Plants in nurseries or residential backyards represent a smaller total area than food plant fields like corn or soy. However, high-potency neonicotinoid products can have a big effect even in small areas. In 2013, neonicotinoids applied to flowering trees in a retail parking lot in Oregon caused a massive bumblebee die off, with more than 25,000 found dead.
The researchers recommend that nurseries quantify the amount of pesticides that are making their way into flowers given their watering and pesticide regimes, and consider alternative management practices that reduce harm to bees and the ecosystems dependent on them.
“It’s not as simple as ‘don’t use pesticides’ — sometimes they’re necessary,” Cecala said. “However, people can look for a different class of insecticide, try to apply them on plants that aren’t attractive to bees, or find biological methods of pest control.”
Original Article: Study shows common insecticide is harmful in any amount
More from: University of California Riverside
The Latest Updates from Bing News & Google News
Go deeper with Bing News on:
- Groundhog Day for pollinators: bee-killing pesticide approved for UK use again
Joe Llanos, Policy & Information Officer, explores this issue of neonicotinoid pesticides and the Government's decision to once again authorise their use.
- Contaminants from AltEn plant found in more homes, streams and soil
Contaminants from the AltEn plant in Mead, Nebraska, have been found in more homes, streams and soil, a meeting of residents was told Monday.
- EU Court of Justice: No more derogations for use of bee-toxic neonicotinoids
The Court declared that providing derogations for the treatment of seeds with a banned pesticide and their use is not in line with EU law. This ruling puts a stop to almost half t ...
- Use of neonicotinoids for seeds: France accelerating deployment of alternatives, will support sugar beet sector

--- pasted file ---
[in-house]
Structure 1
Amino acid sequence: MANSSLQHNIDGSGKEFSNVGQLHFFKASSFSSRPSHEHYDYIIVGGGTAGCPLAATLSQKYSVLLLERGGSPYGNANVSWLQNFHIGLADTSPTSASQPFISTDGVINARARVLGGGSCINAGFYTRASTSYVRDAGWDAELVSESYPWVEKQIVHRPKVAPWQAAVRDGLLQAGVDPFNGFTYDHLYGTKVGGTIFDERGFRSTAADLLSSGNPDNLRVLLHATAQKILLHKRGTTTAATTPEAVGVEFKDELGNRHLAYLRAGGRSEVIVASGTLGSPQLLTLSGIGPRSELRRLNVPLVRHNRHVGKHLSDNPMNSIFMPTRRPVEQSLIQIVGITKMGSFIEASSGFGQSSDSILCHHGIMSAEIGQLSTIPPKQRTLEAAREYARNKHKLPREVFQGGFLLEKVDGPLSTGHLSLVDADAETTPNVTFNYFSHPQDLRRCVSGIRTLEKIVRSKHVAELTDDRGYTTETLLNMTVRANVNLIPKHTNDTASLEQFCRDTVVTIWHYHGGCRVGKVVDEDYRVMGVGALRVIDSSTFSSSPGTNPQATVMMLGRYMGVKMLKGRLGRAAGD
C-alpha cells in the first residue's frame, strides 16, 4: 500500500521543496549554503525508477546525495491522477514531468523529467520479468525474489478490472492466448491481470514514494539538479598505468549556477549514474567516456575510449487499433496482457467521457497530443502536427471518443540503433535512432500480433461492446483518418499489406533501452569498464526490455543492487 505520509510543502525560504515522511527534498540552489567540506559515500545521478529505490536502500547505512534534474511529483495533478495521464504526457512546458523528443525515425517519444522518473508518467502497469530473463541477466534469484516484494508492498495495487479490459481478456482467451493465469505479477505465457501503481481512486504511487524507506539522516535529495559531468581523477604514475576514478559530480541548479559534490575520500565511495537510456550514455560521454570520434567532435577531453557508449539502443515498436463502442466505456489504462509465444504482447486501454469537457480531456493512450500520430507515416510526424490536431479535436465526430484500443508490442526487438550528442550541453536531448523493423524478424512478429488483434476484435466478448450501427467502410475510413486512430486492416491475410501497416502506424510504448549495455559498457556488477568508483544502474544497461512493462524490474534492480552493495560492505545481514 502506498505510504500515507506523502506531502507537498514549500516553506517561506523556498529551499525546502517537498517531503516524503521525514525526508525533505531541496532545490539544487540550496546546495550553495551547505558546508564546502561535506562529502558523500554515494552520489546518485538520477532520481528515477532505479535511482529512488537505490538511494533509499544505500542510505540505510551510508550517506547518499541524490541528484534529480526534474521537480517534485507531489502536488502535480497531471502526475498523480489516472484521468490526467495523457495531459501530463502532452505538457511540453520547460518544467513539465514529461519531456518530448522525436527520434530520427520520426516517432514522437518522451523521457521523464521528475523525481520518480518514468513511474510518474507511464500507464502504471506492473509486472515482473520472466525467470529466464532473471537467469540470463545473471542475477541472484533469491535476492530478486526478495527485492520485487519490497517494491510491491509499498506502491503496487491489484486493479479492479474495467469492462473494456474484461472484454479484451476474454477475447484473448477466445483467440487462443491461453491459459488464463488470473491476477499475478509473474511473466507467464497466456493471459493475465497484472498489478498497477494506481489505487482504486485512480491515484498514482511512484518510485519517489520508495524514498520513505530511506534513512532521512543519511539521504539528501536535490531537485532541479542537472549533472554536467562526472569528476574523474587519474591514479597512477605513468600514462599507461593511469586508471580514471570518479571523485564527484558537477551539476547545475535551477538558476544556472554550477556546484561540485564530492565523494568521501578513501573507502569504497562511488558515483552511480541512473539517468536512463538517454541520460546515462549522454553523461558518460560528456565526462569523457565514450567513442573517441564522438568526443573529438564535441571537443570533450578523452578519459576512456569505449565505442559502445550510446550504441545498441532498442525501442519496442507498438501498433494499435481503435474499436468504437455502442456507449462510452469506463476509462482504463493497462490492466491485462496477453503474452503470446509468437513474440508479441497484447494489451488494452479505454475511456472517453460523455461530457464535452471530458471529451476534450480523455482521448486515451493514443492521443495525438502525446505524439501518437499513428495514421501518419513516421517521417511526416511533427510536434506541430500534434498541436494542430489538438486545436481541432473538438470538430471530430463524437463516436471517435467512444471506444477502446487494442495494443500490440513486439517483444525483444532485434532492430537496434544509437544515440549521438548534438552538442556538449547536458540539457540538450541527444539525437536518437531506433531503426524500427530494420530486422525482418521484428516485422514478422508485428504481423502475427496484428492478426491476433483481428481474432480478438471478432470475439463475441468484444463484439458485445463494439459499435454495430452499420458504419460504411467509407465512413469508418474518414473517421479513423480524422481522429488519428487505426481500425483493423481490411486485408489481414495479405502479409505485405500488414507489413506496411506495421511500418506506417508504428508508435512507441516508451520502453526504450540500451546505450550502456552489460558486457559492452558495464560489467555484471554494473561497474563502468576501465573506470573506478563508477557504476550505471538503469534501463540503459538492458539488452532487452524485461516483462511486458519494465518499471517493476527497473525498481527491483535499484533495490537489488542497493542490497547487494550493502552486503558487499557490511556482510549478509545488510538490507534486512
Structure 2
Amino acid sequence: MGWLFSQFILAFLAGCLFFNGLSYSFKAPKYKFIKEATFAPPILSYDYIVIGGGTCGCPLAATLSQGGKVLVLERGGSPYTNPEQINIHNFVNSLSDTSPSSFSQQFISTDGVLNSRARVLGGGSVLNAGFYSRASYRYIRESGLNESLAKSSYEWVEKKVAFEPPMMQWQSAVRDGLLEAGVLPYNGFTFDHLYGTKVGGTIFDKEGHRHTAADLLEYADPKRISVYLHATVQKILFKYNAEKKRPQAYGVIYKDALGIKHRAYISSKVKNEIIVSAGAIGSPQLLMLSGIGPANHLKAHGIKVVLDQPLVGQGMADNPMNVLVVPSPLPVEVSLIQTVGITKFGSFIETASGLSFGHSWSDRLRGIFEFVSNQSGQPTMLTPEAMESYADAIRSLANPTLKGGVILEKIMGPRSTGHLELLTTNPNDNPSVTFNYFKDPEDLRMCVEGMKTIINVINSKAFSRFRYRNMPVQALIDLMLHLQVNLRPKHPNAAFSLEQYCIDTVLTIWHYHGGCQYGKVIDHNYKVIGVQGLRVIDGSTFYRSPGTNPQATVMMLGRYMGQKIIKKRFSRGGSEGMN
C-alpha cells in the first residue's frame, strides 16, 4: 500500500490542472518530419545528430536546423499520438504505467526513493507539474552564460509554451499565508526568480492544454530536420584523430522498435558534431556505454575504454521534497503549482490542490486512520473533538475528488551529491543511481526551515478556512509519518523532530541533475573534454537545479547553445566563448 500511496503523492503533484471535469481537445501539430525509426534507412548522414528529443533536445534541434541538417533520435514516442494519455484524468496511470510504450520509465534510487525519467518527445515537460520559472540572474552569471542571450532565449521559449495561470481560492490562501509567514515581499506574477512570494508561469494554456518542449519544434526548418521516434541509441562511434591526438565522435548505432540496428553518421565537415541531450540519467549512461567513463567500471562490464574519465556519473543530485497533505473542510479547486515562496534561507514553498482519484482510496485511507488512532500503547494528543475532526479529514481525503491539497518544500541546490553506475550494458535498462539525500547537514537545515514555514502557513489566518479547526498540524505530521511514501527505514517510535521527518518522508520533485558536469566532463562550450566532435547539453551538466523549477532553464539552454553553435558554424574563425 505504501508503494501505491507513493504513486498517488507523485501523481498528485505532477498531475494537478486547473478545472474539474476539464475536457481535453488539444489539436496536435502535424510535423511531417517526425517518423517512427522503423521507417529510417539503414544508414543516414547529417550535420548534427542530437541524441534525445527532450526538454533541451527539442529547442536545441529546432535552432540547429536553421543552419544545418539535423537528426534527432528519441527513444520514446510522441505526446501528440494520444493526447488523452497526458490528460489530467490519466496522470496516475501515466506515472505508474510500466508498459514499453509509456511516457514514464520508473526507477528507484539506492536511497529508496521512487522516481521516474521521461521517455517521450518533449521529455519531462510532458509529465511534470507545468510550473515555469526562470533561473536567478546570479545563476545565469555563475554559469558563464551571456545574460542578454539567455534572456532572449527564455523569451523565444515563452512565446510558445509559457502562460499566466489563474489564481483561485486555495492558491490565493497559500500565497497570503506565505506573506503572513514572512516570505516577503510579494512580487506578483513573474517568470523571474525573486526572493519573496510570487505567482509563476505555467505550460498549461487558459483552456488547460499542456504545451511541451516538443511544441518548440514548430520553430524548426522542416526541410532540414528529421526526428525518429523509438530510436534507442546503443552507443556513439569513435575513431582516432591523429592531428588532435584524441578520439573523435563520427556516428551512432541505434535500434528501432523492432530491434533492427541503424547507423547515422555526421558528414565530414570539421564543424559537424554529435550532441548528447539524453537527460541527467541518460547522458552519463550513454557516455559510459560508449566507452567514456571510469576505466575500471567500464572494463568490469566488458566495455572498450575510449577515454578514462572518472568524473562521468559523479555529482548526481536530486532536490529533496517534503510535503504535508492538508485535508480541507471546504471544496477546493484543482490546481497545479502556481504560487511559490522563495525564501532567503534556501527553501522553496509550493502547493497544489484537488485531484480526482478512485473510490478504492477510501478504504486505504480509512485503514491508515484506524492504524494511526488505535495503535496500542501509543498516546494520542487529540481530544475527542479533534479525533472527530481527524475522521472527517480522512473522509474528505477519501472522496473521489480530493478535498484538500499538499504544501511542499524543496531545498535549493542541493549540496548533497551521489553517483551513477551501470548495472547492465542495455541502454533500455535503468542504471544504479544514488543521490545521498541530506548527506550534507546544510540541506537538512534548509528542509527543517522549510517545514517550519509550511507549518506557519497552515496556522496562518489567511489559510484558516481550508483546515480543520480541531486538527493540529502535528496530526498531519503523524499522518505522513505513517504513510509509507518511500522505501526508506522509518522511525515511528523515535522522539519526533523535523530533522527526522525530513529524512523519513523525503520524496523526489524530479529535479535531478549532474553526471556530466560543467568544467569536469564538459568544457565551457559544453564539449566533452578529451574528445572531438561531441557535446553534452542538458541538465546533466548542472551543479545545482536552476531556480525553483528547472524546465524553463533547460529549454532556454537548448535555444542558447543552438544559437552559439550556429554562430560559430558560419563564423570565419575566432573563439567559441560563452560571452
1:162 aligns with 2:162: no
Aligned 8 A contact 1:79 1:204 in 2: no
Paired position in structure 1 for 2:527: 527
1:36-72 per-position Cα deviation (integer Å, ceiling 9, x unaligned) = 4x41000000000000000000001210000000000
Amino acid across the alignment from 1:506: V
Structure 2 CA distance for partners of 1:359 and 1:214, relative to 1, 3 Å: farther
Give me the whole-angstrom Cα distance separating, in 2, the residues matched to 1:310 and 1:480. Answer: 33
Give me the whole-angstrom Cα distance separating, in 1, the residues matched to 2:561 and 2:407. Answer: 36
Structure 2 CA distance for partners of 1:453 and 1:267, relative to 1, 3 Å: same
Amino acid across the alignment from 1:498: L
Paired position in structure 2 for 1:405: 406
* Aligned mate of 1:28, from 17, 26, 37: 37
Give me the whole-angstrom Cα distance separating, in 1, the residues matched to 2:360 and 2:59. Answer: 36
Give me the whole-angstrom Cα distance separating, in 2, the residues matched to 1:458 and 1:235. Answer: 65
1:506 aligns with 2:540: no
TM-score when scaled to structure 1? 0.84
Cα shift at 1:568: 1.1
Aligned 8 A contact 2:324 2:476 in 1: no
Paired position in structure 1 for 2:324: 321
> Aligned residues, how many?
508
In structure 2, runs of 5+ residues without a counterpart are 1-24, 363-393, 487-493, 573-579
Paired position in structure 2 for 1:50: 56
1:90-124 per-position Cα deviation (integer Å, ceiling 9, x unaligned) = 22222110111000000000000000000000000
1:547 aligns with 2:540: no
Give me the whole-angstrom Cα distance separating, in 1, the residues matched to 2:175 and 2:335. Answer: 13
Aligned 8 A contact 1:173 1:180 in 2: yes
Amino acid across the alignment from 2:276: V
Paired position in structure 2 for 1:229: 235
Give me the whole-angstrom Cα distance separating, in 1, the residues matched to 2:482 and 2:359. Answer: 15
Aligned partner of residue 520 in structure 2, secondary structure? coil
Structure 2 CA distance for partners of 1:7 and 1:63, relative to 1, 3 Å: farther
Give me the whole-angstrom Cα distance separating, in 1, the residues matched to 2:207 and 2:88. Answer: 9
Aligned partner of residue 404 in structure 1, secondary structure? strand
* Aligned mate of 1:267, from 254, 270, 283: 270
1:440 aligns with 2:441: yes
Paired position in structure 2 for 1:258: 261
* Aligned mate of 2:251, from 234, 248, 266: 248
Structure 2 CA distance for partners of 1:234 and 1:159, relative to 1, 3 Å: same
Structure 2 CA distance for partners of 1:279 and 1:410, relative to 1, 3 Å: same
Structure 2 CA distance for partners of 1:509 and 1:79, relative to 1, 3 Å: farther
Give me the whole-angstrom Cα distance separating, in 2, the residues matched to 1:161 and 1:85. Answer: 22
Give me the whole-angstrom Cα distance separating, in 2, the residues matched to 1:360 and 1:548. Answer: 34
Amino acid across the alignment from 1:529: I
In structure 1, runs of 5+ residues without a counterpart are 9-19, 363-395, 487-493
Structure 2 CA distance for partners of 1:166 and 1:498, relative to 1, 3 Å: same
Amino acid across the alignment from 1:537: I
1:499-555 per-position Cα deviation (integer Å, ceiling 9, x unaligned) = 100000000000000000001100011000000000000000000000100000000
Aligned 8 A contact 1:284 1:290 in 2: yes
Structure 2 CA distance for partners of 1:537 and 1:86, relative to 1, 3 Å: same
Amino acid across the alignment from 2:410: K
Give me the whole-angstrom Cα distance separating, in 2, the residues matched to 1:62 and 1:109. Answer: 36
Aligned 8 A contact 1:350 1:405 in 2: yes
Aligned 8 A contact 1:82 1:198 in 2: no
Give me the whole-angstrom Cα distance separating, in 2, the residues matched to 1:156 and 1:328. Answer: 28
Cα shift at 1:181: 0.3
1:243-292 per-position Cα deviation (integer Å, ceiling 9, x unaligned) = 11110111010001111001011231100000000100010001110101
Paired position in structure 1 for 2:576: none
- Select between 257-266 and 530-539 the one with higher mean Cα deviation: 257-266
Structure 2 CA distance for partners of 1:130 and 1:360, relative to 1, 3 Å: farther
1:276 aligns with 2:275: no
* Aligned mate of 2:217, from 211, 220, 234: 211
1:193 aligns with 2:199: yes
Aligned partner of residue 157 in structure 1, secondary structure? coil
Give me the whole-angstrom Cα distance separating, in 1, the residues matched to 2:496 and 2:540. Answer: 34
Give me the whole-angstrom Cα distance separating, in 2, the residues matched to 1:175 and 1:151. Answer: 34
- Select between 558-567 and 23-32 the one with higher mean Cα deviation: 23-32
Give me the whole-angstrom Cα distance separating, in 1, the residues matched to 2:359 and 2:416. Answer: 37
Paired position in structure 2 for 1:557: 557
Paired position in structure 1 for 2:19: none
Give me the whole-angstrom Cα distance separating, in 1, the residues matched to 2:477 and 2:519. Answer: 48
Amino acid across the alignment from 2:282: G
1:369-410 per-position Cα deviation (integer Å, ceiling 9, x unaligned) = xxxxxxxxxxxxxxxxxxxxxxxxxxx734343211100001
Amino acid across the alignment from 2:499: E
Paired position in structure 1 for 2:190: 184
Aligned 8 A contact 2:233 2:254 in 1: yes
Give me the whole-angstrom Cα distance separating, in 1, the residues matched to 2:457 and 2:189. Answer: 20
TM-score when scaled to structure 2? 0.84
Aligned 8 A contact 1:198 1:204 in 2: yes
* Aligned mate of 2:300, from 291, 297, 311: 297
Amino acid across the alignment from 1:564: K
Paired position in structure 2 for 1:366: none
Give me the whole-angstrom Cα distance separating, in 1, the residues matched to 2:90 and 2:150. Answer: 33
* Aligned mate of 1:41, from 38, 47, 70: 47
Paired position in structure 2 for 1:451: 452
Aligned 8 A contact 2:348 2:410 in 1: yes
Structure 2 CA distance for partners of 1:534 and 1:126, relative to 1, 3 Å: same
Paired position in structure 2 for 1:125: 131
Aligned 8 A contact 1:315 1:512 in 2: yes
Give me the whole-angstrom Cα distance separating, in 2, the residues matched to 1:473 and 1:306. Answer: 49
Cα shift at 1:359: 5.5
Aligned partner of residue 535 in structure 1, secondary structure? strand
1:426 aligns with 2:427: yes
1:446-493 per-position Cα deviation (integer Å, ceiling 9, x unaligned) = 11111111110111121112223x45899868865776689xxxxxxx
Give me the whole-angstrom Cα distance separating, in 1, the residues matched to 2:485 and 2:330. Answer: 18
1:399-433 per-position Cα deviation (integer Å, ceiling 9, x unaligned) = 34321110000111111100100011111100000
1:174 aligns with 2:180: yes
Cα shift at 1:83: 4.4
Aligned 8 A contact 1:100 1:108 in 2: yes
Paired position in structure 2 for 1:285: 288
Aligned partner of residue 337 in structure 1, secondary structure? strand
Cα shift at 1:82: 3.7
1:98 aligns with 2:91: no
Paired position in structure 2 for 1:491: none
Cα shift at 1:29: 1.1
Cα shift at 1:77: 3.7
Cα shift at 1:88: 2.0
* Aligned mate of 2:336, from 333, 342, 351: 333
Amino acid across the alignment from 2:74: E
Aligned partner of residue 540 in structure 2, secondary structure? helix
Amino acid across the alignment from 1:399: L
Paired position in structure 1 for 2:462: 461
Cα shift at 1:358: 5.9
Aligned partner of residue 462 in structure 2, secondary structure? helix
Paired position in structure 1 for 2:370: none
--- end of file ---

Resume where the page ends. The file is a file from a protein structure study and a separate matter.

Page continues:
The decision issued on Thursday January 19, 2023 by the Court of Justice of the European Union excludes the use of neonicotinoids for seeds and the right to derogate from the European ban under ...
- Global Neonicotinoids Pesticides Market 2023 by Key Players, Product Type and End-Users and Variety Forecast To 2028
Pages Report] Increasing Demand in Neonicotinoids Pesticides Market with Major factors that positively impact user satisfaction for the IIII industry by product types [Imida ...
Go deeper with Google Headlines on:
[google_news title=”” keyword=”neonicotinoids” num_posts=”5″ blurb_length=”0″ show_thumb=”left”]
Go deeper with Bing News on:
- Fact check: Polio is caused by a virus, not pesticides
It has been more than 110 years since researchers determined that a virus causes polio and almost 70 years since vaccines began protecting from it.
- Parasites, pesticides, climate change linked to loss of honey bee colonies
About 43% of honey bee colonies were lost in the span of one year, according to a new study that considered multiple factors that put a crucial part of the ecosystem at risk.
- Study: Pesticides in breast milk led to death of 111 infants in Maharajganj district
Maharajganj: A study by Lucknow's Queen Mary Hospital has claimed that pesticides have been found in the milk of pregnant women which were responsible for the death of nearly 111 newborns in the past ...
- Honey bee colony loss in the US linked to mites, extreme weather, pesticides
About one-third of the food eaten by Americans comes from crops pollinated by honey bees, yet the insect is dying off at alarming rates. In one year alone, between April of 2019 and April of 2020, one ...
- How Germany's ban on harmful pesticides could impact Africa
The German government wants to ban the export of pesticides no longer approved in the EU. But manufacturers and distributors with their sights set on Africa as a growing sales market are not pleased.A ...
Go deeper with Google Headlines on:
[google_news title=”” keyword=”pesticides” num_posts=”5″ blurb_length=”0″ show_thumb=”left”]